The Prince Albert Grand Council is selecting its next leader Tuesday, as four-term grand chief Ron Michel enters retirement.
“It’s certainly a big day,” the 65-year-old Michel said. “It’s hard. I’ll miss everyone.”
Three men – Brian Hardlotte, Elmer Ballantyne and Charles Whitecap – are competing to lead the group, which represents 12 First Nations in central and northern Saskatchewan. They spent Monday circling around the Senator Allen Bird Memorial Centre, trying to lock up enough delegates to secure a win.
Hardlotte served as vice chief until last year, where he worked closely with Michel. He called the outgoing grand chief a “mentor,” whose departure is an emotional moment for the council.
“I had the privilege and the honour to work with a great man, a great leader,” Hardlotte said.
He said he plans to carry forward Michel’s “legacy,” especially work they did to bring a First Nations health centre to Prince Albert.
Hardlotte’s other priorities centre on housing, education and justice. He said First Nations have to put up a unified front and push all levels of government to fulfill their commitments. He also stressed the importance of developing community strategic plans to address the suicide crisis in Saskatchewan’s north.
“In Stanley Mission, my community, we just lost another young person,” Hardlotte said.
He stressed that the council’s 12 First Nations have to “assert their sovereignty” and call for treaty-based funding from Ottawa.
That’s a message shared by his rival Elmer Ballantyne, a former vice chief and current instructor at First Nations University. Ballantyne said the council has to push for long-term financing to conquer challenges like housing. Like Hardlotte, he said the council’s members need to take a proactive line with the feds.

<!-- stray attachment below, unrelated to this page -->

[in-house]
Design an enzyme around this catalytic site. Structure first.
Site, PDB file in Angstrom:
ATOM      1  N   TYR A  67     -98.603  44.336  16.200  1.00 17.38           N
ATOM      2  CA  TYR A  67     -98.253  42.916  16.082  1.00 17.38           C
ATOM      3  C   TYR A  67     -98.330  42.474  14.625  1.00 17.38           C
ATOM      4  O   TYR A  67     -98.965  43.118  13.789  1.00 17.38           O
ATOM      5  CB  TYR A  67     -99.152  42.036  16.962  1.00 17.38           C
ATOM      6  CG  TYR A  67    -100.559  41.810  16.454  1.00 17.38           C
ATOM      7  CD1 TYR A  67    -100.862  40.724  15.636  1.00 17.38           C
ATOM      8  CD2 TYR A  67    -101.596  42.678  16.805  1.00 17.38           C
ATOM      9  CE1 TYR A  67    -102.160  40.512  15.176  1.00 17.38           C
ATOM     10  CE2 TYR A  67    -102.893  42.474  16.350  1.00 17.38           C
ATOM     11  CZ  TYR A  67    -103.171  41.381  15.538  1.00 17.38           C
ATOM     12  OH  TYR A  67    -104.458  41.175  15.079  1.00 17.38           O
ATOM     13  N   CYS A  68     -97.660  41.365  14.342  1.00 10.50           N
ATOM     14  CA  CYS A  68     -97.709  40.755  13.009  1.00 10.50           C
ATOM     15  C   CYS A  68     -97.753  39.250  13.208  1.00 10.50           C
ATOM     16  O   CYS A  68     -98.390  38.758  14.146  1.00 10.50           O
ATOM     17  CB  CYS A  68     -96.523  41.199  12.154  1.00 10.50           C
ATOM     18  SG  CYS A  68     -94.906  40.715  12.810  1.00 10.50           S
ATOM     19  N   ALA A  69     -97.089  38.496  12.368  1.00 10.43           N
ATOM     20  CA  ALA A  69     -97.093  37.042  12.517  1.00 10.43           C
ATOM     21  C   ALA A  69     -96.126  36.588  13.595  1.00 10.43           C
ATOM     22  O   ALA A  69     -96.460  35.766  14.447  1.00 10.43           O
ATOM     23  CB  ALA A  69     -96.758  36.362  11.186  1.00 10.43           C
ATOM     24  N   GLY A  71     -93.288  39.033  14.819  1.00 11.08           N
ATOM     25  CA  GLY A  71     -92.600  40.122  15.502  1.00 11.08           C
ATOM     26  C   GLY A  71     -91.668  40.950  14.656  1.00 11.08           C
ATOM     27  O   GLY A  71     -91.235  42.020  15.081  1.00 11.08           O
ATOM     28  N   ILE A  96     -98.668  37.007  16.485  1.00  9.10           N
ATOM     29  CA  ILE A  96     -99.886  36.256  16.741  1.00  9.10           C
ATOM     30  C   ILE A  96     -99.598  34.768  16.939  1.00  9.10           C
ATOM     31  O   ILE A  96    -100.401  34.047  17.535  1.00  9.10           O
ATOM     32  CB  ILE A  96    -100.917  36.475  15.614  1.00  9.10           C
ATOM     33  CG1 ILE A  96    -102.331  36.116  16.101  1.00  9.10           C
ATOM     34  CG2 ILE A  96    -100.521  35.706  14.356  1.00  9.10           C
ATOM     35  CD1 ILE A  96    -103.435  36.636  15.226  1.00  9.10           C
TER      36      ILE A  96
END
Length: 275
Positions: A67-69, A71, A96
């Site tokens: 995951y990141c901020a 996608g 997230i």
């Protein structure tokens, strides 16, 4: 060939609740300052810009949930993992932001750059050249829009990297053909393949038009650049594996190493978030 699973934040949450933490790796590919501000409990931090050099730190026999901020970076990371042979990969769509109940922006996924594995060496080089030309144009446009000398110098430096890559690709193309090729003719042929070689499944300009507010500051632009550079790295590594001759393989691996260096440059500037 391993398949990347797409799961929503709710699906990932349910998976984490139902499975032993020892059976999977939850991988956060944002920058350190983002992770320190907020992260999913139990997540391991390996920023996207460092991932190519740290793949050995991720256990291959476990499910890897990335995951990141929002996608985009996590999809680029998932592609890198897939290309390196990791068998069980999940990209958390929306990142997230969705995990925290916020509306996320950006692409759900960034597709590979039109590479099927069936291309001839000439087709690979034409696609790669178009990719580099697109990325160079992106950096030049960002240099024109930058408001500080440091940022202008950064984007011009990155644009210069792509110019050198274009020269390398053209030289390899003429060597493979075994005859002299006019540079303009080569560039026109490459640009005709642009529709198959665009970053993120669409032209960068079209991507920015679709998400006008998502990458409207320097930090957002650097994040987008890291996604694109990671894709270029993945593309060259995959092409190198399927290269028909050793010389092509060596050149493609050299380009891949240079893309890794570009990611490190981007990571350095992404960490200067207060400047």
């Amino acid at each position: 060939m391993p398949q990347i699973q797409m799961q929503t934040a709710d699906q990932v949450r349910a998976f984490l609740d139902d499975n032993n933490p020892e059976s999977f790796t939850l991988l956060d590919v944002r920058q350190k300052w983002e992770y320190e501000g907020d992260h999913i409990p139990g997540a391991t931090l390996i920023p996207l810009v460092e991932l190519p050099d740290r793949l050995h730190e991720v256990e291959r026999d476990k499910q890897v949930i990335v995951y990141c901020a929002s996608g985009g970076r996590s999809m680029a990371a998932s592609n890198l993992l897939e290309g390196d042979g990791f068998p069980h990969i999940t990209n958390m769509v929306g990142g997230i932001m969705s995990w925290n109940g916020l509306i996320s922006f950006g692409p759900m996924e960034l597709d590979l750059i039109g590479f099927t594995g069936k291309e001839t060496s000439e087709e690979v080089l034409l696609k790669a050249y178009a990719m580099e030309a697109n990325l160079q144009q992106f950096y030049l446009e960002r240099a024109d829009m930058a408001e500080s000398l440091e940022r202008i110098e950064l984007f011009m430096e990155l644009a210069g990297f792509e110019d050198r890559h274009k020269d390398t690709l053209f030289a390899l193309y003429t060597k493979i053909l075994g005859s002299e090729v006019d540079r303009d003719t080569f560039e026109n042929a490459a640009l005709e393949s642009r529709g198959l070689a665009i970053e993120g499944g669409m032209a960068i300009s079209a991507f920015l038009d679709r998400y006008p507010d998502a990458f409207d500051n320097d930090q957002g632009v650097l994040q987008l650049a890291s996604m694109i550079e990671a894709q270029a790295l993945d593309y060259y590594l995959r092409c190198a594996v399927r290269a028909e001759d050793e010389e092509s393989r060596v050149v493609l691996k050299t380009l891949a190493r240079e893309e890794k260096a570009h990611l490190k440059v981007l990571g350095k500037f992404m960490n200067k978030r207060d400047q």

“We can’t always be directed by the federal government. We have to initiate some of those things,” he said. “Right now, a lot of the services that are provided to us are imposed on us.”
Ballantyne has run for the grand chief position three times before. He said Grand Chief Michel’s retirement is an opportunity for change, and he thinks he’s the person who can deliver it.
“Brian’s been there,” he said. “I think it’s time we take another direction.”
The third man in the race, Charles Whitecap, plays on his 40 years of experience as a councillor with Shoal Lake First Nation and as a political advisor to the Prince Albert Grand Council.
Whitecap is a colourful character, sporting a long goatee beard and an eye patch partly hidden behind sunglasses. He’s eager to talk about governance.
“My priorities are to review the structures and instruments of the grand council and establish a more direct line of communication from the chiefs to the federal government,” he said.
He’s also proposing a new forum that he says will better integrate band councillors into the grand council.
“The structure right now has been around as long as I can remember,” he said. “I think it’s time it gets reviewed.”
The candidates say they’ve been making the rounds to communities, with trips as far afield as Fond du Lac and Black Lake.
Michel had advice for all of them as he took the podium to address the delegates to the council’s assembly. “Be kind to your people,” he said. Then he joked: “especially your voters.”
“Talk to your people, you’re no higher than anybody else,” he told them. “You take care of your people and you’ll never regret it.”
His words earned a standing ovation.